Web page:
Back from vacation and still metabolizing the caloric tsunami that swept through our house over the holidays. Now that the fruit cake and egg nog safely out of site, it’s time to get our heads back into deep thoughts about research methods.
Today we turn our attention to randomly controlled trials, or RCTs. An RCT is an experimental design in which subjects are randomly assigned to one of two or more conditions (such as a treatment or a control group); a treatment is applied; and then results between the groups are compared. They are regarded as the “gold standard” of evidence. But is this justified, particularly in the social sciences? Are randomly controlled trials (RCT’s) the be-all end-all of research-based evidence?
The Power of RCTs
RCTs are very powerful because they come the closest of any research design to actually determining causality. And this, after all, is our ultimate goal in research on program effectiveness. We don’t just want to know that something happened, we want to know why, so we have a basis to act in the future. By measuring the outcomes of a treatment and its counterfactual (such as a control group or alternative treatment), an RCT has the best potential to identify causal relationships and rule out spurious associations.
For this reason, The U.S. Department of Education, among other groups, have placed increased importance on RCTs in recent years. For example, the What Works clearinghouse, which evaluates the evidence of educational interventions, has a strict hierarchy of evidence levels, in which only well-designed and well-implemented” RCTs can be designated as “meeting evidence standards”. The result is that relatively few programs are designated as “effective” by What Works. For example, only eight early childhood programs are designated as having “positive effects”, and another nine are designated as having “potentially positive effects”.
Limits of RCTs
Is the emphasis on RCT’s well-founded? In an ideal situation, all programs of interest would have a research base of well-conducted RCTs, and the answer would be ‘yes’. When available, well-conducted RCTs are generally bnest means of determining program effectiveness.
But in the “real world”, things are different. For one, the proportion of currently operating or proposed programs which have RCT data are likely to be quite low, particularly in the social sciences.
In addition, a host of “real-world” factors can impact the ability of RCTs to determine causality, such as publication bias and replication of interventions. For example, imagine a new preschool curriculum that, its creators claim, increase kindergarten readiness. Further imagine that we know that the proposed curriculum, in reality, has no actual effect on kindergarten readiness. Now imagine that the curriculum is implemented in 100 different school districts and 100 researchers conduct 100 RCTs., one in each district
Using standard confidence levels (which allow for a 5% chance of mistaking no effect for an actual treatment effect), five of the studies are likely to turn up an effect, even though none exists. Publication bias will amplify the problem, if we believe that those five studies are more likely to get published than the 95 studies which found no effect.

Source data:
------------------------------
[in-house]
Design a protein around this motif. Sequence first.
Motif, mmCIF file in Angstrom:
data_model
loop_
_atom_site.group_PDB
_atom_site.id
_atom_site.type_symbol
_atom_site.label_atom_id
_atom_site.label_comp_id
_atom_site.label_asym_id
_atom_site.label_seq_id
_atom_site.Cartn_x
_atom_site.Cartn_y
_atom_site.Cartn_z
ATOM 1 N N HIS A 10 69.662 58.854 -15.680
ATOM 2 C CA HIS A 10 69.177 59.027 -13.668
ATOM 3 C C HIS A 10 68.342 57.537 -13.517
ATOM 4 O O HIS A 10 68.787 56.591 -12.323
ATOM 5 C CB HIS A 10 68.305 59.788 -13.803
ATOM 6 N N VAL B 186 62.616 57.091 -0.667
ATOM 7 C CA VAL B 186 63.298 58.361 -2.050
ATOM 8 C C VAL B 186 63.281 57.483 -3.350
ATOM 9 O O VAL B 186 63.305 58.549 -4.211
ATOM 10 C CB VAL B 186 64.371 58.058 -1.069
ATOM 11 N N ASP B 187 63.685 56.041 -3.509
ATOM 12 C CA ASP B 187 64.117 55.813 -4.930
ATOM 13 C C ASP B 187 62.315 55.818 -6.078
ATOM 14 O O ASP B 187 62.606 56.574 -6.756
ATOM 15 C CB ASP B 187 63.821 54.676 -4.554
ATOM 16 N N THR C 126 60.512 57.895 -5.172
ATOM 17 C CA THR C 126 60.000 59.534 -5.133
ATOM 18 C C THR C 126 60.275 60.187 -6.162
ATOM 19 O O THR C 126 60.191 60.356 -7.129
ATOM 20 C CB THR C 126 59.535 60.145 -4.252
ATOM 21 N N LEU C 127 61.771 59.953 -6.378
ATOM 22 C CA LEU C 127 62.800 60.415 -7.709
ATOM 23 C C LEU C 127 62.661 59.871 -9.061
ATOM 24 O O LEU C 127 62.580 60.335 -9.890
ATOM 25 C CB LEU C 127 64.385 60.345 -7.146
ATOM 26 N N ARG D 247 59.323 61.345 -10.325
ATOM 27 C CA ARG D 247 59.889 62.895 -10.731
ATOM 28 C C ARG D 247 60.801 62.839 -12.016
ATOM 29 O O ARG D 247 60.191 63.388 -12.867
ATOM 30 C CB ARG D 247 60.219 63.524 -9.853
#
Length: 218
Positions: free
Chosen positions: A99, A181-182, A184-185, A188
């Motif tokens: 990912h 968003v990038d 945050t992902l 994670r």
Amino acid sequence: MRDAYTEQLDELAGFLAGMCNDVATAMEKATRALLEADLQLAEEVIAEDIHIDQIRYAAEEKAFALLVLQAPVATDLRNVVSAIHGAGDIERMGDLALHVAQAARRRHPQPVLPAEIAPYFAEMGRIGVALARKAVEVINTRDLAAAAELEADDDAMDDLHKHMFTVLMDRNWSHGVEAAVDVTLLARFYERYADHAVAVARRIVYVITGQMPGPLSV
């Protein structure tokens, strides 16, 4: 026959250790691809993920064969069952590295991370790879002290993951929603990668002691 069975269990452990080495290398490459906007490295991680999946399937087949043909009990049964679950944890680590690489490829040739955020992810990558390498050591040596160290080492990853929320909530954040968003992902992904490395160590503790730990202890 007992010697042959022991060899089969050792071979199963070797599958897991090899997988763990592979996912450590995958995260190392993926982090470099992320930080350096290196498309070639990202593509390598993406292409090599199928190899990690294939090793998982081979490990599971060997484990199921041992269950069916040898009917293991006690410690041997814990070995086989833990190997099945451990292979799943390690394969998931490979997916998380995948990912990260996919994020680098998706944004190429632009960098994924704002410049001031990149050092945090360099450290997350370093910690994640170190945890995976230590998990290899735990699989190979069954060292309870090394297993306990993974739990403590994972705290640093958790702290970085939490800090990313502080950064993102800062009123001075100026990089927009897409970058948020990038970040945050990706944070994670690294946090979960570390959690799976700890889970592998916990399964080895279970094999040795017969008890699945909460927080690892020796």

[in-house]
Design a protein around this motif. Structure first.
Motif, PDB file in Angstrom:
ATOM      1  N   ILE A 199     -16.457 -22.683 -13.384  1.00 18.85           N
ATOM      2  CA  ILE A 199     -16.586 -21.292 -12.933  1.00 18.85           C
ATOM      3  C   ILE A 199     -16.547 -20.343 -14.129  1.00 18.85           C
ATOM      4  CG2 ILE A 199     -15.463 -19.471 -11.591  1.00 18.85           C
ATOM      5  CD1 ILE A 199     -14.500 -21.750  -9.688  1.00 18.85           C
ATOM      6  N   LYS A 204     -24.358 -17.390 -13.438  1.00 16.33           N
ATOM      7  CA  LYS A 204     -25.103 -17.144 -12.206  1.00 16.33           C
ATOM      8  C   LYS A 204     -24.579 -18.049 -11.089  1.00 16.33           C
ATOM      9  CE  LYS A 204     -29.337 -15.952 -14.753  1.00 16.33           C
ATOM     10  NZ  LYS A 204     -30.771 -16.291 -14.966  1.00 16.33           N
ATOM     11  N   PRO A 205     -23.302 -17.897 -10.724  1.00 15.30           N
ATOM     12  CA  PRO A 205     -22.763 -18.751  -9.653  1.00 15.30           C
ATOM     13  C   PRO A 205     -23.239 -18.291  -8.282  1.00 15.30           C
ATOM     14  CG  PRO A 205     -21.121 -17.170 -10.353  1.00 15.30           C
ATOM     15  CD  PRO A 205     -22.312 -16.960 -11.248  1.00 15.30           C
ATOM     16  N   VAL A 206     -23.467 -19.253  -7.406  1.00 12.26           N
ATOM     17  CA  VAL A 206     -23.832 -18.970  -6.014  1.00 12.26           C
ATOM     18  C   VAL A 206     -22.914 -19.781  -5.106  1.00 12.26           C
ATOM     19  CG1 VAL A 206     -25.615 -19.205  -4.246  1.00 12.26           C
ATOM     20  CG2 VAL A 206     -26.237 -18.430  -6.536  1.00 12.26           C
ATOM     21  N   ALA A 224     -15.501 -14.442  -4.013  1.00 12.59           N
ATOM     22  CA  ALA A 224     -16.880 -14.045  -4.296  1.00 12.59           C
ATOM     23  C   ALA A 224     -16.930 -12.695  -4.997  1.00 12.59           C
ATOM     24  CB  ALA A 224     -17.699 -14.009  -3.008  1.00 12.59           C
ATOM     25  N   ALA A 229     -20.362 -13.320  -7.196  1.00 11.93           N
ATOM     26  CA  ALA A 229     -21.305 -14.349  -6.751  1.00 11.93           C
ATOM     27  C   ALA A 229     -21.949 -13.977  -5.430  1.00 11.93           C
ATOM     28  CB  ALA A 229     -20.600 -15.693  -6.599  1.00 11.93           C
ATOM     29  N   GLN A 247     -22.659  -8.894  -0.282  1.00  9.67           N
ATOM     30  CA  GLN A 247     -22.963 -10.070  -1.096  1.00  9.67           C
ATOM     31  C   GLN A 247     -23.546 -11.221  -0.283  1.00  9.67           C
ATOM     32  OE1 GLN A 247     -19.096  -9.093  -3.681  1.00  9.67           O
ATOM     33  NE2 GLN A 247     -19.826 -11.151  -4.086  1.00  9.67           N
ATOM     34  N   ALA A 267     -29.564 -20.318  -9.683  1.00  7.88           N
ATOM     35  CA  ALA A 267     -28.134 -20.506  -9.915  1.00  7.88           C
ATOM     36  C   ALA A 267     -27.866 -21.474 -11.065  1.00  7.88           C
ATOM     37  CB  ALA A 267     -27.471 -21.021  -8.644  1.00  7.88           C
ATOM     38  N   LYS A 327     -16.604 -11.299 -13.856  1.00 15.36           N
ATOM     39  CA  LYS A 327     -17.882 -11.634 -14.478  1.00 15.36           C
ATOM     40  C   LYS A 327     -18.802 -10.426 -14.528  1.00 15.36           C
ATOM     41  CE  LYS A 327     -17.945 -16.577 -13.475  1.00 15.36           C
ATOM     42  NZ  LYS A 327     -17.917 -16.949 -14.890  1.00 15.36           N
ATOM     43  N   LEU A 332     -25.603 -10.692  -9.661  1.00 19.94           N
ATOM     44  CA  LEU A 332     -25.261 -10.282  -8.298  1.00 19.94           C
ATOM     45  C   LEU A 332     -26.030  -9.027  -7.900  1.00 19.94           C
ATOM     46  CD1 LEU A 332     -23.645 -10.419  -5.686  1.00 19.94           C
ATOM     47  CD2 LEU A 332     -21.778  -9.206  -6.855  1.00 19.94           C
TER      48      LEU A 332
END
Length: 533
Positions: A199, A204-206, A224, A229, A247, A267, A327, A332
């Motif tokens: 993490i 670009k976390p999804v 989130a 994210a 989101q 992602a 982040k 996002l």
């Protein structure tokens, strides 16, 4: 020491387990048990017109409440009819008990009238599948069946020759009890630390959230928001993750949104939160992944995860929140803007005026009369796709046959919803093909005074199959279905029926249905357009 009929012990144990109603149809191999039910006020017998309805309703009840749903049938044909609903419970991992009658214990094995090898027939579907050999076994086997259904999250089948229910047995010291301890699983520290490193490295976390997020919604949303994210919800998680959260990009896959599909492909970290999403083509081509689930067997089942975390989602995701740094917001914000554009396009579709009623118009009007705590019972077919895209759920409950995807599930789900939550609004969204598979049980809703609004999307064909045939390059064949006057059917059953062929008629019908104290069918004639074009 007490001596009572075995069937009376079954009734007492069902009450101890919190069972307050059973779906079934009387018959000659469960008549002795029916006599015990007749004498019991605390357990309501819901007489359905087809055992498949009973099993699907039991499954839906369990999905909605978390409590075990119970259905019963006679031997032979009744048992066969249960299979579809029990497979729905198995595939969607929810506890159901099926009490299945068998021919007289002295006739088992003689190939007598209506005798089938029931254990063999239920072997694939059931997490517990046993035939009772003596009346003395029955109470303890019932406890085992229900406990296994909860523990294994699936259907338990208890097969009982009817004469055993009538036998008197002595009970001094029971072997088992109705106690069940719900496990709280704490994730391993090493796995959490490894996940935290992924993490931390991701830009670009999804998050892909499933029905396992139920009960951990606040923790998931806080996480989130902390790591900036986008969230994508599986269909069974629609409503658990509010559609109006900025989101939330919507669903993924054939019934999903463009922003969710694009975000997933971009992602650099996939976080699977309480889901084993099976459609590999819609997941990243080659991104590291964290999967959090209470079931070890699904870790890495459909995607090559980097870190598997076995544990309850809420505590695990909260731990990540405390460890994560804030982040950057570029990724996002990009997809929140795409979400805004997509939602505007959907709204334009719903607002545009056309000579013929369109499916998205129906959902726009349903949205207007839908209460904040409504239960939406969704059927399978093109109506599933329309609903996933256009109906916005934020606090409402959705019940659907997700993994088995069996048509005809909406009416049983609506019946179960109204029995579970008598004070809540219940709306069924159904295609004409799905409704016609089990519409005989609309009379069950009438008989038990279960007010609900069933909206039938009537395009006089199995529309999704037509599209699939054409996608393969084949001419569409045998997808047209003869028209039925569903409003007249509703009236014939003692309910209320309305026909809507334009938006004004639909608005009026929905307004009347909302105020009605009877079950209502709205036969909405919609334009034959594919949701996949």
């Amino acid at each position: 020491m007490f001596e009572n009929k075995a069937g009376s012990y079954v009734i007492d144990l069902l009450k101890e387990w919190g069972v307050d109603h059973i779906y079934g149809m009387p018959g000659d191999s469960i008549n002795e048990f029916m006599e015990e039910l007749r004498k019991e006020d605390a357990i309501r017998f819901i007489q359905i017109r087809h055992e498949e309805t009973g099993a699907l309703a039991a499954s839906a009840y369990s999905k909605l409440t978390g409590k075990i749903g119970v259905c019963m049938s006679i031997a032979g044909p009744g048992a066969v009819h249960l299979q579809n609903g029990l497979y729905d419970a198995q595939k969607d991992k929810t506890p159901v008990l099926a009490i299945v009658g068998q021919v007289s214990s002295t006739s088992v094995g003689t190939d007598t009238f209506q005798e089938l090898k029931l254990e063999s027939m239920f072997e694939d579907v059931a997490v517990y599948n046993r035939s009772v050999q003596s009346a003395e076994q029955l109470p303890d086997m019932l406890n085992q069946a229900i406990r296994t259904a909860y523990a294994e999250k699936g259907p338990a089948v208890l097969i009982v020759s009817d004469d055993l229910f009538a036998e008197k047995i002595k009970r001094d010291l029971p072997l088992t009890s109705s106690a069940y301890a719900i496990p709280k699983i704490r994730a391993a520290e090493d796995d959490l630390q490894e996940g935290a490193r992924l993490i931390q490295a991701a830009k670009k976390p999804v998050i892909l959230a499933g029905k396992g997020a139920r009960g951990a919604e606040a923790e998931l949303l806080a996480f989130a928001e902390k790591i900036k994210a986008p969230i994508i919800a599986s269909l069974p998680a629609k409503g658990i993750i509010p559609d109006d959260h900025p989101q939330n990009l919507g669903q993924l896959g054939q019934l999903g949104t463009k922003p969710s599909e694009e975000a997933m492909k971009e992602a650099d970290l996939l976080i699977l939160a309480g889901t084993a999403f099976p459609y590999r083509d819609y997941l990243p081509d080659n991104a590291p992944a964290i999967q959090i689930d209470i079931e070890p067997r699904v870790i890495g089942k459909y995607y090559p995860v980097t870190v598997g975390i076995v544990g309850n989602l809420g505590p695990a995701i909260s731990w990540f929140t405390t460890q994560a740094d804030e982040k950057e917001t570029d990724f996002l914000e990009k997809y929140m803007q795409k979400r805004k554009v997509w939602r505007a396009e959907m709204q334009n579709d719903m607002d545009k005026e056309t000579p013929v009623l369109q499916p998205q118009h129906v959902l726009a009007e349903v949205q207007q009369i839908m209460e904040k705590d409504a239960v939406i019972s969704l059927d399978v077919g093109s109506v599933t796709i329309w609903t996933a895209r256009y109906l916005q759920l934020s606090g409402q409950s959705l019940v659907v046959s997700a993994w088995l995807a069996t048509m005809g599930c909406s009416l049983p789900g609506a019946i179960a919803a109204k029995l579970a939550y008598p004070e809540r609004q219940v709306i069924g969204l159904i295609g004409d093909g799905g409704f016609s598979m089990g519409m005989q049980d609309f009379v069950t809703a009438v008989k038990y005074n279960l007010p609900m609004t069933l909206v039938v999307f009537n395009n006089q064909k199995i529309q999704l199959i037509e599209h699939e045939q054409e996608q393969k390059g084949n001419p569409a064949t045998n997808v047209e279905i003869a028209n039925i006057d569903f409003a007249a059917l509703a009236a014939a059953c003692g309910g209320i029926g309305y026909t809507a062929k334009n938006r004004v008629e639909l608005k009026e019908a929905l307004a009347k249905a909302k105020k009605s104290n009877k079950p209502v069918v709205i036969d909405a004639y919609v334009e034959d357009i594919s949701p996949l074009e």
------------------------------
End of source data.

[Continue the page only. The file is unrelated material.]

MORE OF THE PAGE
This is a somewhat apocryphal example, but it illuminates some of the real-world challenges we face in overinterpreting the results of RCTs. They also face a host of other threats to validity, such as the possibility that members of the “control” group inadvertently received the treatment too, which would have the effect of underestimating the true extent of the causal relationship.
These “real world” issues may overwhelm the virtues of the “ideal” landscape in which a host of well-conducted RCTs are available for us to examine. In practice, RCTS are now always possible to conduct, and they can be expensive. (To this end, several organizations, including the Coalition for Evidence Based Policy, are issuing “low-cost” RCTs to be completed for under $100,000 – a bargain compared to the $3 to $5 million tab that a full-scale educational RCT can cost.)
In early childhood, relatively few RCTs have been conducted, for a range of reasons logistical, political, and practical. Even the most well-respected – such as the recent Head Start Impact Study, which randomly assigned 5000 3- and 4-year olds into Head Start or a non-Head Start control program – generated as many questions as it answered. So what do we do when RCT evidence is not available? We still need a way to make determinations about the best programs to pursue, and the best way to spend our money.
The best way to proceed, in my view, is to take into account all of the research available, and weigh it according to a variety of characteristics, including research methodology used, attrition, and other factors. If the best research we have on an existing program is a tracking study with no control group, we ought to examine that research and draw what we can from it. If a good RCT comes along which studied the same program than that research can take precedence – but until that point we would be mistaken to ignore the body of evidence already assembled, even if it is lower quality than we’d prefer.